Tuesday, February 12, 2013

What Shakespeare would have said of Galileo...

by Salman Hameed

Next year will be the 450th birth anniversaries of Galileo and Shakespeare. Last week's New Yorker has a beautifully written piece by Adam Gopnik on Galileo that wonders what Shakespeare would have written about his contemporary. Actually he delegates that responsibility to Bertolt Brecht and his famous play, Galileo. The article is very good but it also reinforces couple of misperceptions.  For example, it uses the famous 19th century painting of a defiant Galileo above as the set-piece for the article. The problem is that from what is known, Galileo was a frail old man when he came up in front of the inquisition and he did not want to offend them. And the inquisition itself wanted a way out as well and struck a plea bargain with him that would have let him off with a slap on the wrist. It was the Pope - the former friend of Galileo - who overrode the plea agreement. This is not to say that the treatment of Galileo was not shoddy and unjust. But that it is always good to read an article that also gets smaller thing right. The painting more reflects the view of the Church in the 19th century than a depiction of Galileo in front of the inquisition. Gopnik also implies that Giordano Bruno was burnt at the stake because of belief in the plurality of the worlds. While Bruno did believe in the plurality of the worlds, and that was indeed considered heretical by the Church, there were also many more reasons for the Church to be angry about. It would be misleading to cherry-pick the reasons four centuries later (See this earlier post: Why was Giordano Bruno Burnt at the Stake?).

But these critiques aside, this is a fantastic and highly enjoyable article:

Although Galileo and Shakespeare were both born in 1564, just coming up on a shared four-hundred-and-fiftieth birthday, Shakespeare never wrote a play about his contemporary. (Wise man that he was, Shakespeare never wrote a play about anyone who was alive to protest.) The founder of modern science had to wait three hundred years, but when he got his play it was a good one: Bertolt Brecht’s “Galileo,” which is the most Shakespearean of modern history plays, the most vivid and densely ambivalent. It was produced with Charles Laughton in 1947, during Brecht’s Hollywood exile, and Brecht’s image of the scientist as a worldly sensualist and ironist is hard to beat, or forget. Brecht’s Galileo steals the idea for the telescope from the Dutch, flatters the Medici into giving him a sinecure, creates two new sciences from sheer smarts and gumption—and then, threatened by the Church with torture for holding the wrong views on man’s place in the universe, he collapses, recants, and lives on in a twilight of shame.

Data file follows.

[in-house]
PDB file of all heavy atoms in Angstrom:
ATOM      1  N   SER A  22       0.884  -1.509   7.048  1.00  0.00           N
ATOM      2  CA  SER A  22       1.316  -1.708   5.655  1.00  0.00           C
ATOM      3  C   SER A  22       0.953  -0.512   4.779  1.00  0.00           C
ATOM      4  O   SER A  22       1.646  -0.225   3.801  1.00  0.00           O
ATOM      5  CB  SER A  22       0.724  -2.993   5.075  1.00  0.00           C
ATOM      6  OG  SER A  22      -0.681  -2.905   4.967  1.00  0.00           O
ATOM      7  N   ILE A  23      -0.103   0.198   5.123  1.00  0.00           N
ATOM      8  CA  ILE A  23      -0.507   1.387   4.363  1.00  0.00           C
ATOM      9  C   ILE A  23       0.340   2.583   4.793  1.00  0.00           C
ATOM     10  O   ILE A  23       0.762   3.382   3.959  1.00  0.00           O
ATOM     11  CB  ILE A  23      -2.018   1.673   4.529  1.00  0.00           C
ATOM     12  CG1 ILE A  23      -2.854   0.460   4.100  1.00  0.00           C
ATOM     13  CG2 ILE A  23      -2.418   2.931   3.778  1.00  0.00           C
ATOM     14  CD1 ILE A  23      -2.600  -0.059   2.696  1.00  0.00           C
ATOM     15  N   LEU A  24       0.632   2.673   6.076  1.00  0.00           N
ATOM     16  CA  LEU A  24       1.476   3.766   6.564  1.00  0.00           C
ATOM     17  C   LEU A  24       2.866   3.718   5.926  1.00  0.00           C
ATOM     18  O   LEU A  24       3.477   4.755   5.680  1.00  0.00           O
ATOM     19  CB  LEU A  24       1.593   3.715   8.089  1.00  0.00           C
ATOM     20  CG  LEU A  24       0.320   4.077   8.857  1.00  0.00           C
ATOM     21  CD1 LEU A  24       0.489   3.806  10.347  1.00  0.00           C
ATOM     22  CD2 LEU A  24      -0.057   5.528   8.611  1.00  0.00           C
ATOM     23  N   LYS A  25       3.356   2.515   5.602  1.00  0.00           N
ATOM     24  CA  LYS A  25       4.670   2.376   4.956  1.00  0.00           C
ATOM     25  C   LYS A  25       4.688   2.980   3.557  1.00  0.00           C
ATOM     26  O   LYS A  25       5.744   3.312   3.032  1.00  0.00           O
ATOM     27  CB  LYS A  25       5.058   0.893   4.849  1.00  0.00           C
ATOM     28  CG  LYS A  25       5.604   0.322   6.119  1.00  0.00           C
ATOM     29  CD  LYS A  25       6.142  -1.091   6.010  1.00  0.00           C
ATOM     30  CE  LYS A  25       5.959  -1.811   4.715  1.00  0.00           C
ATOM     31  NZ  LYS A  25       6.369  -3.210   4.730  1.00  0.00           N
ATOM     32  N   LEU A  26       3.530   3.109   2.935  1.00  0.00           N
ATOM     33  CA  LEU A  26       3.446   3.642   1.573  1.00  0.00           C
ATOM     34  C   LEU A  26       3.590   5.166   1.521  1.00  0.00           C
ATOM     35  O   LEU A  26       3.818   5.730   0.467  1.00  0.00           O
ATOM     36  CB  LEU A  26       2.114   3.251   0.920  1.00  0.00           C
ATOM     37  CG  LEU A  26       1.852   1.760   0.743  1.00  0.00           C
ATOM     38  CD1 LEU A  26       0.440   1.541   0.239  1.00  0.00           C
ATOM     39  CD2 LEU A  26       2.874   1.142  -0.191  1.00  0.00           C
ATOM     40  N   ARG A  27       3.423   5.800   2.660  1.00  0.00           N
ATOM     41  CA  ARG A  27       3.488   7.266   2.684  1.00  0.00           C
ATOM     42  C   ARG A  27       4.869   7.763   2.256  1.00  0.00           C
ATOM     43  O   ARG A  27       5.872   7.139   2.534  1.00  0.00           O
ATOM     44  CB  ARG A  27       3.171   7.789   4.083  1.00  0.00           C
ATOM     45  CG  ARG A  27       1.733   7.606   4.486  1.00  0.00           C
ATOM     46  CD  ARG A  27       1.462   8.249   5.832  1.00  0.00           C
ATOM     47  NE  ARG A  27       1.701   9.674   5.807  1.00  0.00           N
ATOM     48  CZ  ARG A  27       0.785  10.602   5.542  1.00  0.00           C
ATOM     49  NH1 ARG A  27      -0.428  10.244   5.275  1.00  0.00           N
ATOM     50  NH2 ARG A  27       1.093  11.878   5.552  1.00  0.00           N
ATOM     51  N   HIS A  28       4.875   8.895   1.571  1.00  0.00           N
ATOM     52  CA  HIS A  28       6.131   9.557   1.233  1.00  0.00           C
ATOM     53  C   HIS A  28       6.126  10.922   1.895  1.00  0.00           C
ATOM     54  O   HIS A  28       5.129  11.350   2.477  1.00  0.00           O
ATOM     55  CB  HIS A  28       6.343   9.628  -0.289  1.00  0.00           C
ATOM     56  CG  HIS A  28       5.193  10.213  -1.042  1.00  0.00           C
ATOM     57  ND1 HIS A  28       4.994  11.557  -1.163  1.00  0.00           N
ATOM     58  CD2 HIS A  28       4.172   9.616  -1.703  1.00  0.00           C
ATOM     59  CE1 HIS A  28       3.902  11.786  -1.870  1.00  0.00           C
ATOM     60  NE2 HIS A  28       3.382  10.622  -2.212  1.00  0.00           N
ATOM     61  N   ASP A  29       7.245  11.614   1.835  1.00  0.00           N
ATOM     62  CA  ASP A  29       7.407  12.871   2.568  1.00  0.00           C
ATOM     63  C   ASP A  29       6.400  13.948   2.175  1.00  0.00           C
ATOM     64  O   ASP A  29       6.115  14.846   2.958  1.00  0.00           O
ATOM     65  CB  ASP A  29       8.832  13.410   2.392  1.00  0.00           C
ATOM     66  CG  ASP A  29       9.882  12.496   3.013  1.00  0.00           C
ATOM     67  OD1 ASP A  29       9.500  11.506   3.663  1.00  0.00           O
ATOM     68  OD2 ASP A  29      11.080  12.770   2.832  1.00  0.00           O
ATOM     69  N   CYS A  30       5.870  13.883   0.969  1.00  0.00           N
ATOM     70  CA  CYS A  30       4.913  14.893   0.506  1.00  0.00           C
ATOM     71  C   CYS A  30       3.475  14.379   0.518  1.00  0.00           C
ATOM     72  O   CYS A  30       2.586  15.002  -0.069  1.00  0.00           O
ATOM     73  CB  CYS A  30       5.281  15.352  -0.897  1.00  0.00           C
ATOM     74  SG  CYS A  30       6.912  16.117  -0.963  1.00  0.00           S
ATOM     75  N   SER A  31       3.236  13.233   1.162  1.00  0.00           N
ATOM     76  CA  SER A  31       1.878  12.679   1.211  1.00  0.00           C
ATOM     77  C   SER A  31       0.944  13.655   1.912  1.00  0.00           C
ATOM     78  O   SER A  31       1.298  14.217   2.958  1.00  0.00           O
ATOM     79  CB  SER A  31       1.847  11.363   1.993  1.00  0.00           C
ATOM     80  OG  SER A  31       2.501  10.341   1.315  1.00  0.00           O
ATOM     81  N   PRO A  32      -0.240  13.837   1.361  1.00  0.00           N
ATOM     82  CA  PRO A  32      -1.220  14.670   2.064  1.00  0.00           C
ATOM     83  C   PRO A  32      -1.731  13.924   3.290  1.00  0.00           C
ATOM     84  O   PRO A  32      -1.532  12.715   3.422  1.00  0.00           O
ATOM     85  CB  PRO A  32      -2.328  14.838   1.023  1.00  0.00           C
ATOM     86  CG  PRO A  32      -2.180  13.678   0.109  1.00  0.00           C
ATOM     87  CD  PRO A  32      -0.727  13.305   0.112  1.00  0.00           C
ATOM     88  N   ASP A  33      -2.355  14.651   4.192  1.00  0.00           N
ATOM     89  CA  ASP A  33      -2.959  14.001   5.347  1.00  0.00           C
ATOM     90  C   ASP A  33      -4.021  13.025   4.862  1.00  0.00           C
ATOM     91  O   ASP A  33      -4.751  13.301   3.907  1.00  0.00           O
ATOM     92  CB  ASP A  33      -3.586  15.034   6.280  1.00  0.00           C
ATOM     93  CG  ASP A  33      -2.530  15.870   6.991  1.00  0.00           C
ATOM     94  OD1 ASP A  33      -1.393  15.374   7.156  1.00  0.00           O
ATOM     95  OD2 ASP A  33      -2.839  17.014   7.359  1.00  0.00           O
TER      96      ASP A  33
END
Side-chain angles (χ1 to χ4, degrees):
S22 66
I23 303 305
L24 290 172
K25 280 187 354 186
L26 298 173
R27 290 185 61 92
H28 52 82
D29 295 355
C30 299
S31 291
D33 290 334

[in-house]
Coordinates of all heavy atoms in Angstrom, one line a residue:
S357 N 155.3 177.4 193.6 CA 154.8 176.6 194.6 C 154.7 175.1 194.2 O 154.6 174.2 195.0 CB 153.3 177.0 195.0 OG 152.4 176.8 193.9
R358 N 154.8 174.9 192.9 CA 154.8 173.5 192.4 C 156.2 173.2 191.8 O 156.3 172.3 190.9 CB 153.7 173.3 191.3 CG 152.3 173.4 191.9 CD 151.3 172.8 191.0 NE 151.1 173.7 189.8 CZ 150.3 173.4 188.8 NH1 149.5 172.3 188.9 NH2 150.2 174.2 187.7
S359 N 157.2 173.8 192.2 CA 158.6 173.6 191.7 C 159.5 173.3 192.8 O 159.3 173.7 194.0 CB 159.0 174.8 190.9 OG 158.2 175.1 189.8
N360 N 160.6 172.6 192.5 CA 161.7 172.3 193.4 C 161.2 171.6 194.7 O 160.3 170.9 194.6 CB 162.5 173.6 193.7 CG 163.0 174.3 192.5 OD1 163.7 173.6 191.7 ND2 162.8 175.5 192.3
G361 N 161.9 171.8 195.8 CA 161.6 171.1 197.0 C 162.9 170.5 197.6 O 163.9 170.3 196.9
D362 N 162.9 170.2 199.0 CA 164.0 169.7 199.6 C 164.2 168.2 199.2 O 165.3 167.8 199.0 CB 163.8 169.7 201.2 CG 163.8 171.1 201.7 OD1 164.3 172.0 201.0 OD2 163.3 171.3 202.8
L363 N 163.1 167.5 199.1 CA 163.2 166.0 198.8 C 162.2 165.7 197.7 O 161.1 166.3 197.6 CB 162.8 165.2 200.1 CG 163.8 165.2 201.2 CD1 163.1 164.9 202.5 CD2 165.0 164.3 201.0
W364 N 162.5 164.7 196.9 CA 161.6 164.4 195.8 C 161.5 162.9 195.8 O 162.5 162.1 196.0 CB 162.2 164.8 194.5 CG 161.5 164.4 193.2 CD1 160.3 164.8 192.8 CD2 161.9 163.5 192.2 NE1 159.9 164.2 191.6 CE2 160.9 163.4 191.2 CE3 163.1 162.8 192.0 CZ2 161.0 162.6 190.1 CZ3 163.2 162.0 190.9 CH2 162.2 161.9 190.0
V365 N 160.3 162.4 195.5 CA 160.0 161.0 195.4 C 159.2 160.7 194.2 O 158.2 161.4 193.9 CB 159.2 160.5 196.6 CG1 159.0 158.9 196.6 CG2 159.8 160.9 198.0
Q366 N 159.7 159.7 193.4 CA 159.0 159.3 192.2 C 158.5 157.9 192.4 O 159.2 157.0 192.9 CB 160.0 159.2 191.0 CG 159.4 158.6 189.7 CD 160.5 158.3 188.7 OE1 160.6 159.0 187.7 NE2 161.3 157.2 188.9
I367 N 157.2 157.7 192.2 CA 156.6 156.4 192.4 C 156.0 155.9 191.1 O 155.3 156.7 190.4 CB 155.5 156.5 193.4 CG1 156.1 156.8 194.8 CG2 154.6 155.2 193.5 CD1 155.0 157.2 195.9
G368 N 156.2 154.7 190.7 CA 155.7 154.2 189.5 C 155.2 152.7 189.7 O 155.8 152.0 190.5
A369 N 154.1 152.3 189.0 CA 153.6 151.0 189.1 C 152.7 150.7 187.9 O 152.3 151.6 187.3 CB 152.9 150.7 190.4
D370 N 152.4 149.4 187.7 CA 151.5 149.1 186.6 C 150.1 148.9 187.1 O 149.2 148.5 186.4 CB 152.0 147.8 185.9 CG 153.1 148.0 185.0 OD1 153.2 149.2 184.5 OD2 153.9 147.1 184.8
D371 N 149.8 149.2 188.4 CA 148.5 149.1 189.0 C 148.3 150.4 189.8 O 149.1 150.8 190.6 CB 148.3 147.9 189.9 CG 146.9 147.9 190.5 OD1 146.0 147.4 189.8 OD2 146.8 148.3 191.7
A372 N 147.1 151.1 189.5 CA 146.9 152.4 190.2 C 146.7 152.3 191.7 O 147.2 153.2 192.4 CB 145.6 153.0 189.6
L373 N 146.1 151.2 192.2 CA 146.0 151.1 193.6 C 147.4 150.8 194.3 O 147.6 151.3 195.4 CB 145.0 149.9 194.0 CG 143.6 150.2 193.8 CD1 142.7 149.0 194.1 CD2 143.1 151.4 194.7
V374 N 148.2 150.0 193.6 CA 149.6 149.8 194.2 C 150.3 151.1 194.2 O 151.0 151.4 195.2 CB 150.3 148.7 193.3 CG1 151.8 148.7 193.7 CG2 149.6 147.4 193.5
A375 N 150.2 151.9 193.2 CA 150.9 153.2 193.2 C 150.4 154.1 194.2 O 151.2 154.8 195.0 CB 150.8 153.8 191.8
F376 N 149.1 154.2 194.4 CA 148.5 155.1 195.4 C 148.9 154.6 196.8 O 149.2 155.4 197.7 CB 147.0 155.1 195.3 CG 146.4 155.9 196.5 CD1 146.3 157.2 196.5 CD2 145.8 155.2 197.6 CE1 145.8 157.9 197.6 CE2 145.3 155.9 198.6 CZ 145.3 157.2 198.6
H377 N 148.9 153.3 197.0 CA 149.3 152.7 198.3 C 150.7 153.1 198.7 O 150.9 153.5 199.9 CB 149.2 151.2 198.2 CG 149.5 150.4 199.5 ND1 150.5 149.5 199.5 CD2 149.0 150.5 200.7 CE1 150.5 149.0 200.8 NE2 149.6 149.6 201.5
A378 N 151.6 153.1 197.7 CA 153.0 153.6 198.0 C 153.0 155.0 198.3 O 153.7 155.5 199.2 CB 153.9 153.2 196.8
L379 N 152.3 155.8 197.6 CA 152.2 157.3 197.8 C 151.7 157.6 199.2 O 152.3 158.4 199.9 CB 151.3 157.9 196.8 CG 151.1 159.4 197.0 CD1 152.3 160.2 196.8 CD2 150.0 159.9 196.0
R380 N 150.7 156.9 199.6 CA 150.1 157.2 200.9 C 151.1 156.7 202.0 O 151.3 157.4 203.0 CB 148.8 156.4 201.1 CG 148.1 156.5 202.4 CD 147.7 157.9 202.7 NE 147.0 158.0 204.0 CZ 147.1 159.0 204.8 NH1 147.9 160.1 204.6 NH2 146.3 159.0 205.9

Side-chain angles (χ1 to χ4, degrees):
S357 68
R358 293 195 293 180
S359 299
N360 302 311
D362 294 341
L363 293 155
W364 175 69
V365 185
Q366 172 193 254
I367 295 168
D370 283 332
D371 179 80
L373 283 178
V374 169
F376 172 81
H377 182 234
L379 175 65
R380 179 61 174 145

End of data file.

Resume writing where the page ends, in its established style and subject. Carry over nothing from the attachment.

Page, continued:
It might be said that Brecht, who truckled to the House Un-American Activities Committee—“My activities . . . have always been purely literary activities of a strictly independent nature”—and then spent the next bit of his own life, post-Hollywood, accessorized to the Stalinist government of East Germany, was the last man in the world to be pointing a finger at someone for selling out honesty for comfort. But then the last man who ought to point that finger is always the one who does. Galileo’s shame, or apostasy, certainly shapes the origin myth of modern science, giving it not a martyr-hero but a turncoat, albeit one of genius. “Unhappy is the land that breeds no heroes,” his former apprentice says at the play’s climax to the master who has betrayed the Copernican faith. “No,” Galileo replies, “unhappy is the land that needs a hero.” It is a bitter valediction for the birth of the new learning. The myth that, once condemned, he muttered under his breath, about the earth, “But still, it moves,” provides small comfort for the persecuted, and is not one that Brecht adopted.
Interestingly, Gopnik sees a closer connection of Galileo with that of Michelangelo:

Although the twinship of Shakespeare and Galileo is one that we see retrospectively, another, even more auspicious twinning was noted and celebrated during Galileo’s lifetime: Galileo was born in Pisa on the day that Michelangelo died. In truth, it was probably about a week later, but the records were tweaked to make it seem so. The connection was real, and deep. Galileo spent his life as an engineer and astronomer, but his primary education was almost exclusively in what we would call the liberal arts: music, drawing, poetry, and rhetoric—the kind of thing that had made Michelangelo’s Florence the capital of culture in the previous hundred years.